When Steve was at school, he knew he was struggling but he did not know why until the headmistress of Burford Junior School picked up on his dyslexia. The diagnosis helped a little but there wasn't the support and systems in place to make much difference back then.
"When my first child, who is very bright, started to learn the alphabet, she brought home some letters cut out of wood," Steve recalls. "When I picked up a lower-case letter 'a', my wife pointed out that I was holding it the wrong way round – but it seemed pretty normal to me."
Having dyslexia as a child meant Steve had to take extra English lessons instead of French. Francis Smith was head of English, which turned out to be fortuitous as he was also the captain of the Marlow Rowing Club and asked a few individuals in the school if they would like to join the school rowing club. The rest is history.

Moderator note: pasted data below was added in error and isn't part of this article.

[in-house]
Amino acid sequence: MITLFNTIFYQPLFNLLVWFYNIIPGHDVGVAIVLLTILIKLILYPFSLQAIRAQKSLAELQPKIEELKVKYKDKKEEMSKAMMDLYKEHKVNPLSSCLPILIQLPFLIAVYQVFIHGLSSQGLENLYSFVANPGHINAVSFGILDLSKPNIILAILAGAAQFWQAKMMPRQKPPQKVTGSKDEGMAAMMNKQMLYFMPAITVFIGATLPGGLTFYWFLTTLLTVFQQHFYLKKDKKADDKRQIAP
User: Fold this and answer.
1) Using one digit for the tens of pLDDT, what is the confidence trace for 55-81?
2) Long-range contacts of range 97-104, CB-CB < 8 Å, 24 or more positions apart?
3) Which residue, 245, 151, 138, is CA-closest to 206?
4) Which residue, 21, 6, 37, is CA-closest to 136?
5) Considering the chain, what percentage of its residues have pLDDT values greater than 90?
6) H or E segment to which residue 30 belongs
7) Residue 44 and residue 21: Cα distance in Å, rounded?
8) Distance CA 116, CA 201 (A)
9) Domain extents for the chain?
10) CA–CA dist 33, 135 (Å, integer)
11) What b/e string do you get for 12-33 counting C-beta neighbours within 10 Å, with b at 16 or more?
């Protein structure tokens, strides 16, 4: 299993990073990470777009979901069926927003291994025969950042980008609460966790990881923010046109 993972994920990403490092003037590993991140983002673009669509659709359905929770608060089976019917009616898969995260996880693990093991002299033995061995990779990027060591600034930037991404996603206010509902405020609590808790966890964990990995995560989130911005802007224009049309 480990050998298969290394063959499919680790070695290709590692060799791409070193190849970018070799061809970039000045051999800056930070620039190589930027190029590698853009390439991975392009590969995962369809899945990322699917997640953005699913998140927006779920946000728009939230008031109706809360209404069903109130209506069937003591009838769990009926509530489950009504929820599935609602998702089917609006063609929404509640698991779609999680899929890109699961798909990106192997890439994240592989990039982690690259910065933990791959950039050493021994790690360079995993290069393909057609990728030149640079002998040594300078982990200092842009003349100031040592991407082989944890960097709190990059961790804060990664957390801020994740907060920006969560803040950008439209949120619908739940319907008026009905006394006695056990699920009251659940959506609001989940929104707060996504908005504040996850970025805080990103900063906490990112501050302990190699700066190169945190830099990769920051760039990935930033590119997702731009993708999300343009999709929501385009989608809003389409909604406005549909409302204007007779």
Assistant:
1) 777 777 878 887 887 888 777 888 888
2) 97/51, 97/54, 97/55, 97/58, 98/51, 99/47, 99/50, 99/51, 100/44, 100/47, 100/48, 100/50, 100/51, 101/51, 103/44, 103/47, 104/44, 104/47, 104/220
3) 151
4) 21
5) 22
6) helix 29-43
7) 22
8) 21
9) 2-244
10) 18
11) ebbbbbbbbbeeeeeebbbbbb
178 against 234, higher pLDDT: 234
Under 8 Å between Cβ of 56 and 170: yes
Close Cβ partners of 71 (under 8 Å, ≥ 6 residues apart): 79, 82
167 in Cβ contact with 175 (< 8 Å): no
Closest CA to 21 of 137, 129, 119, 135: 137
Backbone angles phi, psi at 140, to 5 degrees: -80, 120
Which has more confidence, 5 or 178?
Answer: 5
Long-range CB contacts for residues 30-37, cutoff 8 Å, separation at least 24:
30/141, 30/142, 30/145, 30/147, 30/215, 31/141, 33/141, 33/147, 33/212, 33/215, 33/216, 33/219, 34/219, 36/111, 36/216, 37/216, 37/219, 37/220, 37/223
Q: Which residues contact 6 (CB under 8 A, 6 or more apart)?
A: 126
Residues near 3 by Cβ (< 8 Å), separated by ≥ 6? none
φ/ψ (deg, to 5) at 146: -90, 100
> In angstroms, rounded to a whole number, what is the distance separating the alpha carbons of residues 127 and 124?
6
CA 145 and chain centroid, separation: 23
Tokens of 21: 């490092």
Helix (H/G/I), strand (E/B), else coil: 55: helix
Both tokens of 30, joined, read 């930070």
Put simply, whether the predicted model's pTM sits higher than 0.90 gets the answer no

Dyslexia has continued to be a challenge for Steve to overcome in his post competitive career which has involved many speeches, talks and presentations, all of which require extensive reading and writing.
"The prospect never fills me with joy but I have learned to work with it to the best of my ability," comments Steve. "Everyone is different and everyone's dyslexia is different. For me, I would always rather be in a boat but I was lucky to be pretty good in a boat."